And we’ve fantasized about it ever since we were old enough to experience what it must feel like for the first time.
If you want to see how much its glorified just look around you.
It’s in magazines, on VHS, DVD, .JPEG, .MPEG, and sometimes it’s even on YouTube although they try to get rid of it quickly.
You can read it, download it, and stream it practically anywhere and everywhere.
Heck, I watch it Sundays, Mondays and sometimes Thursdays and Saturdays. I’m so obsessed with it, I have hundreds of hours of discs tucked away in my home office. And if you’re careful enough you can even sneak some viewing time on the job, although I’d say HR would probably frown upon it.
Frankly, I’m just amazed I have the energy to watch so much.
And better yet, producers of this content even cater to a variety of demographics.
Depending on your taste, it’s available in high-gloss, full-color spreads or iconic black and white photos for those that like the arty stuff. Some producers and directors of the film variety like to add music, which can sometimes provide a stirringly inspirational complement to the scene (if you know what I mean). But most of the time the cheesy soundtracks are pure unintentional comedy. Of course some people like a good laugh, but that’s a personal thing I don’t need to know about.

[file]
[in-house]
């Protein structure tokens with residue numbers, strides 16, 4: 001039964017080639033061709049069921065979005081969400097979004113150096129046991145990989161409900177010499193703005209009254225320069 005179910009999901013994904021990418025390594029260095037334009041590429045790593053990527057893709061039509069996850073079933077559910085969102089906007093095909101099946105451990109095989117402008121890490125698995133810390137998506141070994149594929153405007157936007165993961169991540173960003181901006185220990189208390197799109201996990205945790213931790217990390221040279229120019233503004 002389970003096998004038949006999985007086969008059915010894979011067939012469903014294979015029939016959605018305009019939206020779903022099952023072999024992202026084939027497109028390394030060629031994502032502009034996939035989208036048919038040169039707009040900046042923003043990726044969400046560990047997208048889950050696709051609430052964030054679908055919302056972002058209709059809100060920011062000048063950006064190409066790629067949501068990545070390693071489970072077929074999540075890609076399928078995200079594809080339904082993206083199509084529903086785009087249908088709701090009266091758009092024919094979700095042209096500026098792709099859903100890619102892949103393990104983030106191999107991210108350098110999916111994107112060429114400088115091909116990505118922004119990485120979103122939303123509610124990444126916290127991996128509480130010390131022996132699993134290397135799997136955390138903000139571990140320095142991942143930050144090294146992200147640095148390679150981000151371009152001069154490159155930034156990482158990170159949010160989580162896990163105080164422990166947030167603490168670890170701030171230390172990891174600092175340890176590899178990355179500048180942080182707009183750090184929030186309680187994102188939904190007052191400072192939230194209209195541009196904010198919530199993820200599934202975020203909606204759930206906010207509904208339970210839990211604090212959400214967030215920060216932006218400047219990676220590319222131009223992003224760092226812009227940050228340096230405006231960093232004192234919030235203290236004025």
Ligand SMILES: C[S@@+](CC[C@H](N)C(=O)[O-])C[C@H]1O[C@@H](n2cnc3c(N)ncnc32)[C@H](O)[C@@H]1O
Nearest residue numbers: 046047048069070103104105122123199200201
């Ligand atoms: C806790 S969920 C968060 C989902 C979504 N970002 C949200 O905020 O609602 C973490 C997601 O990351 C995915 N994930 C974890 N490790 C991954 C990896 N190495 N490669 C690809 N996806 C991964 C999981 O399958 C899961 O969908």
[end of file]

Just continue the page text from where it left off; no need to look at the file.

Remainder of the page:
One thing’s for sure: We have a really messed up relationship with its stars. Some of us on the far right of the political spectrum talk about them as if they represent the scourges of society. We say they are social deviants that need to pull themselves up by their bootstraps and change their ways rather than make excuses for their behavior by blaming their childhood. But once we use them up for our enjoyment and they grow too old to get work, we throw them out like replaceable parts. They went into it with their eyes wide open, we say. They knew the consequences.